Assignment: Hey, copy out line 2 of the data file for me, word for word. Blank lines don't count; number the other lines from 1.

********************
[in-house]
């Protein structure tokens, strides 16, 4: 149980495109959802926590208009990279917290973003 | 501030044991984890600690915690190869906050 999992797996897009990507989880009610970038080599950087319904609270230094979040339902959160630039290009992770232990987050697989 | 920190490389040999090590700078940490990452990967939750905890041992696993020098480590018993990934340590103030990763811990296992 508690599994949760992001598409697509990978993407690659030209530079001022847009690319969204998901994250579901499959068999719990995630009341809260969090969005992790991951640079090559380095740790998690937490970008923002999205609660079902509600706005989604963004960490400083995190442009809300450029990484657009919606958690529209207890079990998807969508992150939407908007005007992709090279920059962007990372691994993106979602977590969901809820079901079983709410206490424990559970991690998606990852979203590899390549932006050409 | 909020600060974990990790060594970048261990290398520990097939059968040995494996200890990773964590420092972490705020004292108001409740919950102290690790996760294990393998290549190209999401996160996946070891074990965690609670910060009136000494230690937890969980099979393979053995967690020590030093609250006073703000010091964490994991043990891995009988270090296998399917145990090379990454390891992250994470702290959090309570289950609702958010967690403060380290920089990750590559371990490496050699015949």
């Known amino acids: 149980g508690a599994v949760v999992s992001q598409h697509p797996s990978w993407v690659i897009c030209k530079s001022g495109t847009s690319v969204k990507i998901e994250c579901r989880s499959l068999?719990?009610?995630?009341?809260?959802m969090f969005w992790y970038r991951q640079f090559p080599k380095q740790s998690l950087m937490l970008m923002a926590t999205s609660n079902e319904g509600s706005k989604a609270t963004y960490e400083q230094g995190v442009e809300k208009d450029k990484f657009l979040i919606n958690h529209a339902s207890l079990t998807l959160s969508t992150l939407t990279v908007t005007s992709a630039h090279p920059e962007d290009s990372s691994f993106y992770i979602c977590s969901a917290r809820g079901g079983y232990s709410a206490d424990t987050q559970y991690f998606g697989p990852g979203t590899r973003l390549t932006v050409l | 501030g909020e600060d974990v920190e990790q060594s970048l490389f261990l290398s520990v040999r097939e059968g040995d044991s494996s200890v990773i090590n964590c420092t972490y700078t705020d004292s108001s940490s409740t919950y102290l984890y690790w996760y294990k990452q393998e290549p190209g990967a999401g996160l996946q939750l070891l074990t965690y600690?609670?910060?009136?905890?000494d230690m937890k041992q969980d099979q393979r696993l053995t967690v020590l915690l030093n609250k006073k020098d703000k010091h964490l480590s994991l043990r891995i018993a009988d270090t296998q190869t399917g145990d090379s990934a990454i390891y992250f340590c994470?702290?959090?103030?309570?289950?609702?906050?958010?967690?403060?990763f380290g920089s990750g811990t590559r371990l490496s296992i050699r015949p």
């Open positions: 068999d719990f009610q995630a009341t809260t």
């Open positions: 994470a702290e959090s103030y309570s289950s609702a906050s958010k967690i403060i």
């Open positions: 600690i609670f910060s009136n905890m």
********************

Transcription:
């Protein structure tokens, strides 16, 4: 149980495109959802926590208009990279917290973003 | 501030044991984890600690915690190869906050 999992797996897009990507989880009610970038080599950087319904609270230094979040339902959160630039290009992770232990987050697989 | 920190490389040999090590700078940490990452990967939750905890041992696993020098480590018993990934340590103030990763811990296992 508690599994949760992001598409697509990978993407690659030209530079001022847009690319969204998901994250579901499959068999719990995630009341809260969090969005992790991951640079090559380095740790998690937490970008923002999205609660079902509600706005989604963004960490400083995190442009809300450029990484657009919606958690529209207890079990998807969508992150939407908007005007992709090279920059962007990372691994993106979602977590969901809820079901079983709410206490424990559970991690998606990852979203590899390549932006050409 | 909020600060974990990790060594970048261990290398520990097939059968040995494996200890990773964590420092972490705020004292108001409740919950102290690790996760294990393998290549190209999401996160996946070891074990965690609670910060009136000494230690937890969980099979393979053995967690020590030093609250006073703000010091964490994991043990891995009988270090296998399917145990090379990454390891992250994470702290959090309570289950609702958010967690403060380290920089990750590559371990490496050699015949």